Selling your own published ebooks to libraries?


It appears to be a giant hassle, though there’s no problem (nor much or any expense) making your ebook available and salable in .jpg at your site or for reader/platform/phone use at Kindle, Nook, Smashwords, and CreateSpace.

I explain the latter, step-by-step, in How to Get Your Book Published Free in Minutes and Marketed Worldwide in Days. And in previous posts at this blog I’ve discussed the established and effective protocol for selling your hard cover or paperback bound books to libraries, either directly or through library distributors like Quality.

But if you want a headache, try to sell your own ebooks to libraries.

So let me offer three posts about this topic at this blog.

In the third post (within 10 days) let me share the results of my research about finding any process for selling ebooks that works for small publishers like you and me.

Today, let me share my first rather horrifying encounter with the ebook dilemma with libraries, so you get a sense of the rather alarming situation.

In the next post, later this week, I’ll share a look at a report (from January 25, 2013) from the Digital Content & Libraries Working Group (DCWG) where they discuss the 14 items in The Ebook Business Model Scorebook used to create library licensing agreements or contracts. This provides a preliminary look at how the ebook situation might be resolved.

But for now:

(1) We have a dandy library in Novato, California, and by extension through the Marin County system. So I asked the reference librarian how I could see and use an ebook through the library. She gave me a link and said to start with the catalog, then request what I want, and I could download it right there.

OK, but there was very little in the catalog, the three related items had waiting lists many names deep, and they only lent each ebook systemwide one at a time! Much easier to get the printed version from one of the 10 Marin County Free Libraries (plus eight more in the county). They even deliver books found on other library shelves to Novato in a day or two, free.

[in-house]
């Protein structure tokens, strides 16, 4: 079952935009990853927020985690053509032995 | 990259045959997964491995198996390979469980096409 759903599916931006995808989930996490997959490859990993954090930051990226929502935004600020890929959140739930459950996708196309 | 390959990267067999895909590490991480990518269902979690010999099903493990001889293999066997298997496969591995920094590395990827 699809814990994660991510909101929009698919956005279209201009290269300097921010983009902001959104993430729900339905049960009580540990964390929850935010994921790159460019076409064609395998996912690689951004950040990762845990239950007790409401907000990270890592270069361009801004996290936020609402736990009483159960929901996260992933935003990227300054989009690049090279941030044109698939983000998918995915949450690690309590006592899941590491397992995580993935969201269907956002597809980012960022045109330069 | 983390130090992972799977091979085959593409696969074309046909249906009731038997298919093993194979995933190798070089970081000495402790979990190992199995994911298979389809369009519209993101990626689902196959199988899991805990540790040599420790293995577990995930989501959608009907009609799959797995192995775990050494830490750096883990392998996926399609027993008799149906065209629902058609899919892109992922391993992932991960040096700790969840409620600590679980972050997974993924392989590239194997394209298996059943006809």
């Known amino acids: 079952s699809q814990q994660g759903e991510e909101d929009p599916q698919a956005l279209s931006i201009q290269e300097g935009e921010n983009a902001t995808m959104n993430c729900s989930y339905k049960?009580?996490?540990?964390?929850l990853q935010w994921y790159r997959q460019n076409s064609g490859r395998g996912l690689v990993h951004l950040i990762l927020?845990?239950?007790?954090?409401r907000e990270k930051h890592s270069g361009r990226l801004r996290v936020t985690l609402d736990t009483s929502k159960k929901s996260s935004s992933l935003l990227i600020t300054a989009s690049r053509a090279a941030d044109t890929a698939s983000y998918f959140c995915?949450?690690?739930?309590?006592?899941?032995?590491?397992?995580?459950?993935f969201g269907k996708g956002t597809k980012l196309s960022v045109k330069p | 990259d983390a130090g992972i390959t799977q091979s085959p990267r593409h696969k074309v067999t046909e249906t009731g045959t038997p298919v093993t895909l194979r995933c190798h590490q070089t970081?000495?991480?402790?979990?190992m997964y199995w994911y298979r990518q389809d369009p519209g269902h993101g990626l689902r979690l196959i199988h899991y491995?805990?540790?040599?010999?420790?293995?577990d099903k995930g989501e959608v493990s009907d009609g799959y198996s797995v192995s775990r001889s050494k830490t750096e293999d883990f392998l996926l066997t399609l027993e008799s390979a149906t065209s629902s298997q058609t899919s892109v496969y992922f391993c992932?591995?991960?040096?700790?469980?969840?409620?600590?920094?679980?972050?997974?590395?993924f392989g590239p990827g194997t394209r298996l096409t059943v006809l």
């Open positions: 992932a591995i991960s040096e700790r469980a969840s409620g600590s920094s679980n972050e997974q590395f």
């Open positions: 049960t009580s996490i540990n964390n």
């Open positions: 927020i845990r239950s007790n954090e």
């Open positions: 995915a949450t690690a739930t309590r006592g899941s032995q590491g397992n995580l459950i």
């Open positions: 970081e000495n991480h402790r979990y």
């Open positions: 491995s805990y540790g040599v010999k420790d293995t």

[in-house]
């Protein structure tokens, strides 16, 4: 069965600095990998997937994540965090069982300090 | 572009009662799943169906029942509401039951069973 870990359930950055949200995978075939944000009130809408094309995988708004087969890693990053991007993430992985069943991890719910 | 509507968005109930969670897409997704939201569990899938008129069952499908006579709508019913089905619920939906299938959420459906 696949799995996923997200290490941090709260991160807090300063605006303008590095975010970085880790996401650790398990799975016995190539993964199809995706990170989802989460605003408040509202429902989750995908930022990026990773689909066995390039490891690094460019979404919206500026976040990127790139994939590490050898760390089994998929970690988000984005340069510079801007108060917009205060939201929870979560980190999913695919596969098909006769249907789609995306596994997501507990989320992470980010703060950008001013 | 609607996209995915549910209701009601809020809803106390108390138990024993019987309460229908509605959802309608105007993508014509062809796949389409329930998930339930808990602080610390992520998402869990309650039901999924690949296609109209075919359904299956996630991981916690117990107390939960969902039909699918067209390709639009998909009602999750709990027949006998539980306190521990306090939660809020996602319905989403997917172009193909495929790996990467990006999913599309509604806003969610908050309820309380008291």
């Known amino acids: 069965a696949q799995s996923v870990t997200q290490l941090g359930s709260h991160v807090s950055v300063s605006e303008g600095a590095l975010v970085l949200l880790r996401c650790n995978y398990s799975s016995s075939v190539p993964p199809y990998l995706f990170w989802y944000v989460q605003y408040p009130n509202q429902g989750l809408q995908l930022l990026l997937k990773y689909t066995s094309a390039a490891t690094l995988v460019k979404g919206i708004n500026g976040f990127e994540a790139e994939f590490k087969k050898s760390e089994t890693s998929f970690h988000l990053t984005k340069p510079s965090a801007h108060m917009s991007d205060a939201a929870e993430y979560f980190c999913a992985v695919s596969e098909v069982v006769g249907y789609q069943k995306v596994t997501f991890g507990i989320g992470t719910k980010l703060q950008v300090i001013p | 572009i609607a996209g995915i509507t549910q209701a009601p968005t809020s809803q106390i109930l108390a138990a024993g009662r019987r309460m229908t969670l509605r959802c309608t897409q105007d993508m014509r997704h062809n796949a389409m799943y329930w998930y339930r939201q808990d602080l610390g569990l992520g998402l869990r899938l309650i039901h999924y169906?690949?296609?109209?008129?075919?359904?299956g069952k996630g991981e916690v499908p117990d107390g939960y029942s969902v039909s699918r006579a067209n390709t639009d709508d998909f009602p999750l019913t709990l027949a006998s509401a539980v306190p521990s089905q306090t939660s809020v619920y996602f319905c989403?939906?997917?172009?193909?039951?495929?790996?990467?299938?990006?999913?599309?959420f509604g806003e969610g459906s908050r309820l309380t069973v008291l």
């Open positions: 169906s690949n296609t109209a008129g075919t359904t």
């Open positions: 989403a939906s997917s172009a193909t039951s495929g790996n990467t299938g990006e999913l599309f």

(2) Then yesterday a letter appeared in the local newspaper, the Independent Journal, from Arlene Sukolsky, a trustee of the Marin County San Rafael Library, that began “Many library patrons are frustrated by the long wait for books to read on their electronic devices, and/or the limited selection of popular titles. Fifty percent of library patrons surveyed stated they were dissatisfied with the E-book selections available.”

Additional facts the trustee then offered were even more unsettling.

(a) Six major publishers control all of the licensing of E-books. Of these, four will not license E-books to our libraries.

(b) Of the two publishers that will work with libraries, exorbitant prices are charged, more than they charge the pubic. For example, a hard cover book purchased by the library might cost $15, while an E-book may cost as much as $80.

(c) Additionally, some books leased to libraries have a self-destruct mechanism built in after 26 circulations.

“What can we do?” Ms. Sukolsky asks. “Not much at this time. Letters to uncooperative publishers is one way to make your discontent known. Legislation needs to be introduced to correct this problem.”

That’s a peek at the ebook library situation at least here about 25 miles north of San Francisco. If the big publishers are impeding sales flow, it looks dire for those of us with one or a few ebooks we want to share through the library.

Keep reading!

Best wishes,

Gordon Burgett

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